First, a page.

Customers at the Midwest grocery chain Hy-Vee will soon encounter armed security guards while shopping at stores in light of the recent surge in retail thefts.
The Iowa-based retailer unveiled plans Wednesday for the launch of a retail security team to operate at stores across eight states.
While the chain has not said if a specific incident prompted the initiative, Hy-Vee Vice President of Security Jamie Sipes suggested in an interview that a recent uptick in retail thefts nationwide was a factor.
“I think across the country, we’re seeing an increase in thefts and different crimes in retail locations,” Sipes told KYTV in Missouri. “So Hy-Vee made the decision to move forward with a forward-facing security program that includes the tools that an officer would need to keep employees and customers safe.”
Hy-Vee said the security officers, many of whom have backgrounds in law enforcement, will be trained in de-escalation techniques and “equipped to protect the safety” of customers and employees.
The chain released footage depicting the retail security officials dressed in uniform and equipped with badges, guns and tasers.
Hy-Vee said members of the retail security team are already on site at “several stores.” The company is actively recruiting for security roles and plans to add a security presence at stores in eight states “in the near future.”
Hy-Vee opted to start its own security operation after previously relying on outside contractors, the Kansas City Star reported.
“These officers will help provide another layer of safety and security for our customers, and will work alongside our store employees to deliver the same helpful smiles and outstanding service everyone expects at their local store,” Hy-Vee COO Jeremy Gosch said in a statement.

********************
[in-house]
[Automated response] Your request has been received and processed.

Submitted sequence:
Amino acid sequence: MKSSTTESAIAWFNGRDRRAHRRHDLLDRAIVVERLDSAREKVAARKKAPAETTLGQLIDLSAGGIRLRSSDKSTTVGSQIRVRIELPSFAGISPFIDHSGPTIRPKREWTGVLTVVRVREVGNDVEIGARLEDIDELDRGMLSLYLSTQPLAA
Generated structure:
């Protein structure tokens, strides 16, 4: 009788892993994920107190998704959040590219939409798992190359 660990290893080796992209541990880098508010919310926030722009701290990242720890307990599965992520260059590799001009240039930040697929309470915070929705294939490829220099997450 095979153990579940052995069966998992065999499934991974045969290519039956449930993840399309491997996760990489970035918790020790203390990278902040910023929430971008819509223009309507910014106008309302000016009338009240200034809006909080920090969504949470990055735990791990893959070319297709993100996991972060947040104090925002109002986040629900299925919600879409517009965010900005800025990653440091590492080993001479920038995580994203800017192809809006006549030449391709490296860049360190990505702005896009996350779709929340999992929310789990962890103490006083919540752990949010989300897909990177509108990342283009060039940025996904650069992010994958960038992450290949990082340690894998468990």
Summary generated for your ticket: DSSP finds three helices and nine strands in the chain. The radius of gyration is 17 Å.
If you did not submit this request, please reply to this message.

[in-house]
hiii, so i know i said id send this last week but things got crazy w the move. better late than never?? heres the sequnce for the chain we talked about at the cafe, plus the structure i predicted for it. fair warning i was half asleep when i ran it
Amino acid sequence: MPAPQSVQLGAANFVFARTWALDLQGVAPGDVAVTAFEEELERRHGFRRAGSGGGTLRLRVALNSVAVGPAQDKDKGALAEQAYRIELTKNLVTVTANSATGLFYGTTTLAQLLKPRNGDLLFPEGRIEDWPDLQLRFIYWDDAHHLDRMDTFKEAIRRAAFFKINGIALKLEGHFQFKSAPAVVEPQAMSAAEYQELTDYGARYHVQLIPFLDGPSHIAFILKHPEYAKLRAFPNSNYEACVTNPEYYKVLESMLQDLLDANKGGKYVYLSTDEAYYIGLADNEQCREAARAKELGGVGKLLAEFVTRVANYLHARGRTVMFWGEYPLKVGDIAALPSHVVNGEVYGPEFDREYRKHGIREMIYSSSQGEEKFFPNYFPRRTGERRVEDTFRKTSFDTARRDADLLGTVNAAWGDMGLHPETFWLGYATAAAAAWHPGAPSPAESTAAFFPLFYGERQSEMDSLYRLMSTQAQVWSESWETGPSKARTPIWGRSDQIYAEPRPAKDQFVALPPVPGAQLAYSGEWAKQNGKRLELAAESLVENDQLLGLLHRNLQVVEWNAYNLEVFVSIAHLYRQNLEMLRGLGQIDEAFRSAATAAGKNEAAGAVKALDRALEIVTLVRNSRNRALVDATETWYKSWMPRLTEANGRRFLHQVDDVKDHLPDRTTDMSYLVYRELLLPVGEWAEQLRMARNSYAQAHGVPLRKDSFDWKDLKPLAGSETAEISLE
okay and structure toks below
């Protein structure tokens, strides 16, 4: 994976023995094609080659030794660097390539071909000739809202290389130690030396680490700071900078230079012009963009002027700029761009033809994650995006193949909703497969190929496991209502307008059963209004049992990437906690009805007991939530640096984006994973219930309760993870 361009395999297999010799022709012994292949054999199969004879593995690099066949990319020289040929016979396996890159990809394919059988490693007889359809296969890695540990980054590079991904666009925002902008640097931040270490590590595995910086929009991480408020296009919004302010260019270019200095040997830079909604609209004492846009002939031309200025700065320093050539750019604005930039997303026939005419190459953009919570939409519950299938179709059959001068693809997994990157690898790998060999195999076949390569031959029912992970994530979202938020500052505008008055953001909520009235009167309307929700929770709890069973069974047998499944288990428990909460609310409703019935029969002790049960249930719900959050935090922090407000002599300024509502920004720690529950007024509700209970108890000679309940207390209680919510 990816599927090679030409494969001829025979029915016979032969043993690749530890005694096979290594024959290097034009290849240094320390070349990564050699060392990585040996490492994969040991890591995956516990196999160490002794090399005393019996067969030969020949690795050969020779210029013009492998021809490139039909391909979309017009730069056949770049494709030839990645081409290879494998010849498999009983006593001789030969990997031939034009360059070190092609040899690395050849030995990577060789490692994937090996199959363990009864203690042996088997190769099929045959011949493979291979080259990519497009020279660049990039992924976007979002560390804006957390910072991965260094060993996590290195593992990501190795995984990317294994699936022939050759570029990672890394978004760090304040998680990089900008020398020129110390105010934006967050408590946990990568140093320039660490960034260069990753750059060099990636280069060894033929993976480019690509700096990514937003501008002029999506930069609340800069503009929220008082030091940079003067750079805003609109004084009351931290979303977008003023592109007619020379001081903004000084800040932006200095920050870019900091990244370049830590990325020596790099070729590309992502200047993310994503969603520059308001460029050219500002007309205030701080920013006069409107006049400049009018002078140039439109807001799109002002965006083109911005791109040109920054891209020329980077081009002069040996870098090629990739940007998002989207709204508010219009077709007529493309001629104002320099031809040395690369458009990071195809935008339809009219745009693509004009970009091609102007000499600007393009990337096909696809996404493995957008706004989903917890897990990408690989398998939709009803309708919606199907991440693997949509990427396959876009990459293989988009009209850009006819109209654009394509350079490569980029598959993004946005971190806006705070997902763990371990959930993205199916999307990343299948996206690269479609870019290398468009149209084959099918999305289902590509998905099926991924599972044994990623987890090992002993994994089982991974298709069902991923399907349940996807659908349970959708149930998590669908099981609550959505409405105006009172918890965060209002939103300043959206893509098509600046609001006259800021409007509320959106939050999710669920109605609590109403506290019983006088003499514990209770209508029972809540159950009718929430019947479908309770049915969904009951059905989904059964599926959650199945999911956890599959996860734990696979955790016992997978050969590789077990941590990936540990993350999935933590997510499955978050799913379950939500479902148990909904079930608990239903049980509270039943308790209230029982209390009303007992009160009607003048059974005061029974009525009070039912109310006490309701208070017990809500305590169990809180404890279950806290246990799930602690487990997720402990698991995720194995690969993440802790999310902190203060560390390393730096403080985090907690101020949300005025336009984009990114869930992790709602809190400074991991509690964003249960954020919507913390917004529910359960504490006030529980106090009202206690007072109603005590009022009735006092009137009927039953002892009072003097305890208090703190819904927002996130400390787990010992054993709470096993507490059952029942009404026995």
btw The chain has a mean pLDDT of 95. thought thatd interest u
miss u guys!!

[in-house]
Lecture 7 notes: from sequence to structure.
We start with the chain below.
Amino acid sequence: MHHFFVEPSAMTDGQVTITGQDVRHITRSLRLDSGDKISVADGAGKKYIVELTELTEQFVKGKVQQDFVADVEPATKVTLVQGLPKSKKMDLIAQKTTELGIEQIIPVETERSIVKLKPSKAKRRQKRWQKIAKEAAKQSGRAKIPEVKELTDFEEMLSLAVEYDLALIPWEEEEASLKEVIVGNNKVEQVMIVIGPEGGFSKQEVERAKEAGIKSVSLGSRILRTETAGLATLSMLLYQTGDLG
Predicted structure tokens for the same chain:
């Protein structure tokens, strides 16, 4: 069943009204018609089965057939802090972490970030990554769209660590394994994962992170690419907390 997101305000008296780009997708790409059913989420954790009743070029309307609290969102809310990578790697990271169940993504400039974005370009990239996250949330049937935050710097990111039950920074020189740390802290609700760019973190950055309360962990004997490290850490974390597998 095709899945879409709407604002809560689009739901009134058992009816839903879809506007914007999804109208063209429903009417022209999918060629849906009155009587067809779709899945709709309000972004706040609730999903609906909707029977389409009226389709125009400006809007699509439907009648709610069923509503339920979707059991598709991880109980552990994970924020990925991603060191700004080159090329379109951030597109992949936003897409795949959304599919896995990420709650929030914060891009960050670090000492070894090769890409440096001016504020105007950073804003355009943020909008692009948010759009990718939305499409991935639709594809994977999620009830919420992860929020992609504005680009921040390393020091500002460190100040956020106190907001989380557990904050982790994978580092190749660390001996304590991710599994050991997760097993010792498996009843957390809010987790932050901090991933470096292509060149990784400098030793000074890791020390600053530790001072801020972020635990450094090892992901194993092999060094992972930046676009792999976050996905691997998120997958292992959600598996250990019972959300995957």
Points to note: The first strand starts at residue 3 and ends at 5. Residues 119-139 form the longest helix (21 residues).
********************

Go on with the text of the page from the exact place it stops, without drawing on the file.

Hy-Vee did not return The Post’s request for further comment on the security initiative.
The grocery chain operates approximately 285 stores across eight Midwestern states and employs more than 93,000 workers.
Major retailers across the country have noted a spike in shoplifting and organized theft at stores during the COVID-19 pandemic. The most notable examples occurred in California, where brazen smash-and-grab robberies impacted high-end retailers such as Louis Vuitton and Nordstrom.
Fifty-seven percent of retailers have reported an uptick in “organized retail crime” during the pandemic, according to the National Retail Federation’s 2021 National Retail Security Survey.
The CEO of electronics retailer Best Buy warned in November that the rise of unruly customers and crime was “traumatizing for our associates.” The chain is hiring additional security guards at some locations, among other methods of curtailing in-store crime.
In September, Kroger Rodney McMullen said a loss of inventory driven by crime accounted for 25% percent of the decline in the grocery chain’s gross margins.